Courtyard Conversations: Assistant Principal Bruce Coachman

Editor’s note: Courtyard Conversations is a monthly series, which features the school’s staff members, and a topic that is relevant to their lives or work at the school. TRL staff members speak with each month’s subject in the courtyard. For the first edition, TRL editors Lindsey Hughes and Parker Post kicked off the series interviewing principal Chris Mayfield.

TRL’s Mathias Alling interviews Assistant Principal Bruce Coachman. Coachman talked about what he believes makes the district special. (Olivia Lauter)

Assistant principal Bruce Coachman is moving on from education after 12 years in the district and 40 years in coaching and administration.

“I’m fortunate enough to have three wonderful grandkids, and we’ve already started helping their parents with the day-to-day things, so I’ll probably be around my grandkids a lot,” Coachman said.

Coachman attended college at Texas A&M and started his career in education in 1981. He coached a variety of sports with an emphasis on football. In 2009, Coachman worked as an executive director in former superintendent Ted Moore’s central planning office. 

“I spent two years there, and we had some budget issues,” Coachman said. “So we redirected some folks, and they asked me to come back to the building. I was glad to do it. I’ve been here on campus for the past 10 years as an administrator.”

Throughout his career, Coachman worked at four different school districts.

“Lovejoy is really really unique, and I don’t say that just because I’m here now,” Coachman said. “It’s the most different school district that I’ve ever been in and here’s why: our parents and our students,” Coachman pauses. “They’re unbelievably motivated, they work really hard and they’re well behaved.”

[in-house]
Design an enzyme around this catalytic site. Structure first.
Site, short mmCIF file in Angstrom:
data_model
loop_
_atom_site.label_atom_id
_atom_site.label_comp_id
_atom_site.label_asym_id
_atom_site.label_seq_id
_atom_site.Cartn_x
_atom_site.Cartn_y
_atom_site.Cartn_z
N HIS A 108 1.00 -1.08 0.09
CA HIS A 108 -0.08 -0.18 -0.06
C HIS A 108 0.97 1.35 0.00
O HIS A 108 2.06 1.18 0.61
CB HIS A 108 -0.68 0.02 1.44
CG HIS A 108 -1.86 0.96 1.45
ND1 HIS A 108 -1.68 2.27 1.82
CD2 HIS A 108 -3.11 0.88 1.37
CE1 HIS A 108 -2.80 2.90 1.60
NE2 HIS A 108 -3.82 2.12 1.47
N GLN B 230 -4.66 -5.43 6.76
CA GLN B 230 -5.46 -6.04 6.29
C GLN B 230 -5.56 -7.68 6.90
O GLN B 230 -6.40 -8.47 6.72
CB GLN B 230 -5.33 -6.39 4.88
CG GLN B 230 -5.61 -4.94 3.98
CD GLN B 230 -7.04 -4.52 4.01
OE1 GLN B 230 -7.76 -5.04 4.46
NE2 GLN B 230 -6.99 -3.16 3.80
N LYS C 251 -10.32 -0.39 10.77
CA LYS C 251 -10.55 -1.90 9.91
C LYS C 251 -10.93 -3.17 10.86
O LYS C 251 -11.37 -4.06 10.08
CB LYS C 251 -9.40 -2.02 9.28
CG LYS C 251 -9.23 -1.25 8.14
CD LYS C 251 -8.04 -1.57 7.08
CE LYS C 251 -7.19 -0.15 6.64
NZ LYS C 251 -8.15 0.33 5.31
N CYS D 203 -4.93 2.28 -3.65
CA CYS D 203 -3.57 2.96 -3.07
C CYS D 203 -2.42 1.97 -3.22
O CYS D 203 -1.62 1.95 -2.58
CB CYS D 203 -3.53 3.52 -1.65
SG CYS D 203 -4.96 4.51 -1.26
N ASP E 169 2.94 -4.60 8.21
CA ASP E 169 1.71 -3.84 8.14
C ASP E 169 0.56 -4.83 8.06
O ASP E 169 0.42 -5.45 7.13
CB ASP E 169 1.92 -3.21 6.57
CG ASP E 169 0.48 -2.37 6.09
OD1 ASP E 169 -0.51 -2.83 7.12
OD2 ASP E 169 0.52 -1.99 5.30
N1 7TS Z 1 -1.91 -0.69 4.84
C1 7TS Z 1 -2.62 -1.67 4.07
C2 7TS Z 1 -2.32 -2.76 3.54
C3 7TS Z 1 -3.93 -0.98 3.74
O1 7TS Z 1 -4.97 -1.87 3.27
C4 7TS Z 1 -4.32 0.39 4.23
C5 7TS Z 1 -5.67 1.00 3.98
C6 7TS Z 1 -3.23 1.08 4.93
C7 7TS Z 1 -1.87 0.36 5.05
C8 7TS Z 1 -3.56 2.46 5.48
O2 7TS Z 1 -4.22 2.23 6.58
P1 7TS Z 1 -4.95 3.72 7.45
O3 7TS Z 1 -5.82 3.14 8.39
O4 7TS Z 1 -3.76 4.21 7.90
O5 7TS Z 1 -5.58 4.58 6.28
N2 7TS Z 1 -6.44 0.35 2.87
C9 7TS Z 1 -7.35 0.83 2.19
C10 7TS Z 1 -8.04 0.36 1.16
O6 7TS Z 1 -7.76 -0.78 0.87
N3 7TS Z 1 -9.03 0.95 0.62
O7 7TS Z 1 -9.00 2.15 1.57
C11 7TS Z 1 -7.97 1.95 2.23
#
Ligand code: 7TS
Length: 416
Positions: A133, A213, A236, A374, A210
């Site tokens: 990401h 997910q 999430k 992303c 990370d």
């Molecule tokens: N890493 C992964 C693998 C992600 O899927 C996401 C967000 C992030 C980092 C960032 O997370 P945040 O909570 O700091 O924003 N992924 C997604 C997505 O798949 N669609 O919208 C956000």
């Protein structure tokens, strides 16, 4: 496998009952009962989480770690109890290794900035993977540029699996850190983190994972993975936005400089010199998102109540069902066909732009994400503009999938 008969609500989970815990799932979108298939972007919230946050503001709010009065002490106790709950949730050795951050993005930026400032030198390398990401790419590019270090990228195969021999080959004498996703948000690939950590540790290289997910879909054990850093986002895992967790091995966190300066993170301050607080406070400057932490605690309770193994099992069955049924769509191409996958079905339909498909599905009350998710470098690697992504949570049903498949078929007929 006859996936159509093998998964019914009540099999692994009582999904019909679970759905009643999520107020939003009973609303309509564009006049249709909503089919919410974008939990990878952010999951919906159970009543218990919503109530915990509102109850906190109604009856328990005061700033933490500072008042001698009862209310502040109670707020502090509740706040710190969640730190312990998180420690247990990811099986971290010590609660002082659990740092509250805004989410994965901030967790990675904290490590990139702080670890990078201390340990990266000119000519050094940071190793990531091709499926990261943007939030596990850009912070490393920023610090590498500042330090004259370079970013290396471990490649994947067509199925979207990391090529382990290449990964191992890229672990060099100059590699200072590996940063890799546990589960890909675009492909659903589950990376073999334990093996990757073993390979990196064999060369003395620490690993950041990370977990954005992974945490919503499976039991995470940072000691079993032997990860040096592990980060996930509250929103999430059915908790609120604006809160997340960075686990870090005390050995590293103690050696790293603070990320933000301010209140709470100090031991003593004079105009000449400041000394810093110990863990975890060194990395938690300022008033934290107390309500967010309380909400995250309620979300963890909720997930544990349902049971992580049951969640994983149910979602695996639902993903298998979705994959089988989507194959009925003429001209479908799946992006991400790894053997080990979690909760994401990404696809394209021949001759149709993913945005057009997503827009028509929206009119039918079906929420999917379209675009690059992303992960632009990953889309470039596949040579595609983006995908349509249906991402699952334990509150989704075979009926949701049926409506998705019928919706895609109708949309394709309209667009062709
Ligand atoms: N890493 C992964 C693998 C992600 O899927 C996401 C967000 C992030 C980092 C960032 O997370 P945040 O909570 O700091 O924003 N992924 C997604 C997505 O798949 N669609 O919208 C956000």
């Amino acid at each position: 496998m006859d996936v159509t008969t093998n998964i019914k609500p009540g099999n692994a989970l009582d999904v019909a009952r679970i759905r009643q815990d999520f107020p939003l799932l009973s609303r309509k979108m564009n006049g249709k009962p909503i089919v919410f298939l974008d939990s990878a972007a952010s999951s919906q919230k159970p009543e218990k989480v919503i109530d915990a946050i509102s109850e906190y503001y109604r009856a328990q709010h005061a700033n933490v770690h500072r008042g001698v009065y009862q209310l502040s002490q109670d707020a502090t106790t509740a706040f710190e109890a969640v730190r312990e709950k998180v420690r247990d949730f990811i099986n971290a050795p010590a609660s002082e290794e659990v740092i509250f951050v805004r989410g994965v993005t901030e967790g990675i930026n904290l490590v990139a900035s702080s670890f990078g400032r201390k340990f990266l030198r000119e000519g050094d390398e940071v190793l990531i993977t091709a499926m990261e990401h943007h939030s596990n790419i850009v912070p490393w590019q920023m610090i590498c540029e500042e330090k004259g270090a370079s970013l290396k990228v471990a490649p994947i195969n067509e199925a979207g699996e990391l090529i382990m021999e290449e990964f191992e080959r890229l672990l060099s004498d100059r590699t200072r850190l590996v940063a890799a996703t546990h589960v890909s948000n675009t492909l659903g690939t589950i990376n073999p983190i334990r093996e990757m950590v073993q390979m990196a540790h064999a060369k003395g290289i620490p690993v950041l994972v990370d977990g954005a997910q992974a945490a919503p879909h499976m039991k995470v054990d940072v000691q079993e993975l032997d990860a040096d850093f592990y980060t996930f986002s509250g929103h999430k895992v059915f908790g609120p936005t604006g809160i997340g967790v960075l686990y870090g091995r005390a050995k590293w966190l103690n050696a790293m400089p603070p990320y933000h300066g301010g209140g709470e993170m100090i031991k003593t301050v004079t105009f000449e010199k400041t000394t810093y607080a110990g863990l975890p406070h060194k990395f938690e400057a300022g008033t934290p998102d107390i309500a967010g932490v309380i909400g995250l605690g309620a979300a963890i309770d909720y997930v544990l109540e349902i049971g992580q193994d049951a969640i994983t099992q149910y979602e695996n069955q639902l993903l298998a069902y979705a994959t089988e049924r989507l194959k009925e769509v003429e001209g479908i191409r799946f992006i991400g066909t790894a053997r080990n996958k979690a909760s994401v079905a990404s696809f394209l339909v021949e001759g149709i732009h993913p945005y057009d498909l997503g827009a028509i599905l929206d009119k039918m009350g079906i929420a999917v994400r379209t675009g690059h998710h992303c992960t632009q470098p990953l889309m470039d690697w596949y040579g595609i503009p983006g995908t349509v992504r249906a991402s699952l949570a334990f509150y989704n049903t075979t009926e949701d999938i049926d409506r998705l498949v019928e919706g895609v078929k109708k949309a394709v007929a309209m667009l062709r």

“Lovejoy is really really unique, and I don’t say that just because I’m here now,””

— Bruce Coachman

Throughout his time at the high school, Coachman saw the different systems the district puts in place to help students.

“I think I’ve heard our students joke sometimes ‘well they won’t let me fail.’ Well, that’s true. We’re not going to [let them fail.] Mr. Roberts and Mrs. Cabrera, and all of our administrators are unbelievably diligent about finding students that have fallen behind for whatever reason. Maybe they’re not doing well, maybe they don’t feel well [or] maybe they’ve got issues at home. The interventions that we provide for our students here are far and away above any place I’ve ever been.”

The students are what make the district different to Coachman.

“My entire career, when I can come to school, and I might not be in a good mood, as soon as I see a student, and I say hello, they almost always say ‘Good morning, How are you?’,” Coachman said. “It’s not just, ‘Hey’. These students give me energy, and I remember why I’m here. It’s my job. I want to help them. I want their day to be a good day, and I want them to have all the advantages that they can.”

While Coachman is moving on from public education, he is considering moving into another field. In the meantime, Coachman plans to spend time with his family.

“I probably will continue to substitute teach because it’s a wonderful way to stay involved with people, and you can say no if you don’t want to do it,” Coachman looks out into the courtyard. “I’m going to do some traveling with my wife, and my family, but this will be my last year here at the high school, and there’ll be somebody wonderful to take my place.”